The past month has seen me diving irreversibly further into realm of botany, while occasionally coming up for air to help out with other surveys. My fellow intern, Robbie, and I had the opportunity to spend a few days in the Funeral Mountains with the incredible Sarah DeGroot, from Rancho Santa Ana Botanic Gardens. In exchange for helping with seed collections, she provided us with bundles of knowledge. Not only did we meet several new species of plants, we also learned how to more accurately fill out our data sheets and process our seed collections for mailing. Sarah’s style of botanizing was both impressive and inspiring. Working with her proved that a little organization and planning goes a long way!
We were lucky enough to follow-up our week with Sarah with a visit to the Rancho Santa Ana Botanic Gardens themselves. There we had access to the herbarium to identify a few of our mystery plants and familiarize ourselves with some of our target seed collection species. We also got a peek at their seed cleaning and storage facility. It was neat to get a better understanding of how our work fits into the larger picture of seed collection, cleaning, storage, and distribution. We are one link in the chain of the Seeds of Success program!
When we’re not learning about plants, we’re teaching about them. We helped out with an environmental education program that brings fourth graders on a field trip to a nearby canyon. They spend the day visiting various stations (plants, birds, aquatics, archeology, history, and art) where they learn about water conservation and the desert ecosystem they live in. Naturally, we were in charge of the plant station. We doled out hand lenses (tiny magnifying glasses for getting a better look at plant features) and informed them that they had become plant detectives! We proceeded to go for a short nature walk, stopping to examine the beavertail cactus, touch the fuzzy Anderson’s thornbush leaves, marvel at the height of the cottonwood trees, and smell the cheese bush leaves (and argue over whether it really smells like cheese). They learned why desert plants are so pale and their leaves so small. I enjoyed witnessing their raw curiosity about everything around them.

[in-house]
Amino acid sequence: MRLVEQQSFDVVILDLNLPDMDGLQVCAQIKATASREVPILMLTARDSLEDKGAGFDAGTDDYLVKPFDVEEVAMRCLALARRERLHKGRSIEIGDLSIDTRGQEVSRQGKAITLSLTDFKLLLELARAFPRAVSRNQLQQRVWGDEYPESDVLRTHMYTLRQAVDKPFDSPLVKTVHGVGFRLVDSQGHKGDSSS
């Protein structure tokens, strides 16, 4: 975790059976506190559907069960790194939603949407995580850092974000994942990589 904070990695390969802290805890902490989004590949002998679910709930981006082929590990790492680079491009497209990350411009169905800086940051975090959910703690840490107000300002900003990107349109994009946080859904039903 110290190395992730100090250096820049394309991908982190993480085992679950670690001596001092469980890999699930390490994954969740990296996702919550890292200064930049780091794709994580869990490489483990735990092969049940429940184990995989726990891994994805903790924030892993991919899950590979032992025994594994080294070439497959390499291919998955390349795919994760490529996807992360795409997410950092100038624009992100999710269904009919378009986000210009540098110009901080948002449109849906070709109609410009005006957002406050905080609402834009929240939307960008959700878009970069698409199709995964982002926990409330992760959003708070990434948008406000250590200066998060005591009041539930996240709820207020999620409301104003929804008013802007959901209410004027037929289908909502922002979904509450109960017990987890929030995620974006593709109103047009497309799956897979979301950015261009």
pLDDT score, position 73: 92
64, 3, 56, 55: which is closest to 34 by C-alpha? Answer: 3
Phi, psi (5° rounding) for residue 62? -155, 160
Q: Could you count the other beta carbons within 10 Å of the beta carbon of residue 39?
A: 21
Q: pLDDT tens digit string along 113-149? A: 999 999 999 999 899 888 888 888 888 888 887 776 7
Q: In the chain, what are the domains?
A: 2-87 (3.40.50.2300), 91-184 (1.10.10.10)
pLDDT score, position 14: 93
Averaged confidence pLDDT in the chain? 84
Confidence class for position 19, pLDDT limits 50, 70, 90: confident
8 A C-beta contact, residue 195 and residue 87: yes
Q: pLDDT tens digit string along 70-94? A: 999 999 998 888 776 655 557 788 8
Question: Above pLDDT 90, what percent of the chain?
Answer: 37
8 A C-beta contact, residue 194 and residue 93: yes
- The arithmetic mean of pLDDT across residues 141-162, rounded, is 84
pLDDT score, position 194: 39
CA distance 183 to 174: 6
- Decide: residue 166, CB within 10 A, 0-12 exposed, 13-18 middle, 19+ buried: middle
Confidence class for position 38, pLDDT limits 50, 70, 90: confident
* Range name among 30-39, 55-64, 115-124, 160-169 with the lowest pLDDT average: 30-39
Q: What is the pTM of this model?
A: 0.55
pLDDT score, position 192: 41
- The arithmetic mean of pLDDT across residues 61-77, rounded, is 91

One of the parent chaperones on the field trip, making casual conversation, inquired as to whether the tarantulas had come out this year yet. I had to stop myself from spluttering, “THE WHAT!?” I have been repeatedly warmed about snakes, but no one mentioned the tarantulas. Apparently they are not out yet, or at least I have yet to see one! The snakes, however, are another story. I saw my first rattlesnake last week – a decent sized creature hanging out in a creek bed. Luckily it was content with slithering off under a shrub, where it proceeded to blend in alarmingly well.
As much fun as botany is, the past month also afforded us a chance to take a break from plants and tag along on a variety of other surveys being conducted on BLM land. Thus I joined a quest to locate the elusive Inyo Mountains Slender Salamander. The little amphibians enjoy hanging out under rocks in springs. They are found only in the Inyo Mountains, and therefore their range is fairly small. They are being considered for more strict conservation protection, which required updated surveying. The populations my team intended to survey were near Beveridge, allegedly the most remote ghost town in California, and had not been surveyed in over fifty years. We set off on an ambitious hike up an old mule trail. After at least a 7 mile climb and almost 5,000 feet of elevation gain, realized why no one in recent history had surveyed these springs! A flash flood had wiped out the base of the wash we were following and the trail seemed to disappear on several occasions, adding to the length of our journey. In the end, our plan turned out to be too ambitious and we were forced to turn around before we reached the survey site, chalking up the excursion to a scouting trip. Luckily there was another population site, which we stopped to investigate on our way down, but alas, we did not find any salamanders.
The following week saw me perched just outside an open mine shaft equipped with night vision goggles, counter clickers, and infrared spotlights watching the sun set over Owens Valley and the Eastern Sierras. We had been recruited to monitor bat populations living in abandoned mines. Many of these mines have open “features” (shafts, for example) and are located in recreation areas – a dangerous combination. Since they are no longer mined, the BLM is working on filling in or otherwise closing the entrances. However, the mines also provide ideal habit for bats. Populations of Townsend and Pallid bats have taken up residence in many of the mines. That’s where we came in: each person helping with the exit counts was assigned an open feature to watch at dusk and count the number of bats entering and exiting. This data will then influence whether or not bat-compatible structures are needed to close the mines.
Overall this month has been another whirlwind of new experiences, from receiving more detailed seed collection training to sharing my enthusiasm for plants with local students to surveying for salamanders to monitoring bat populations. Until next time!
Ridgecrest BLM Office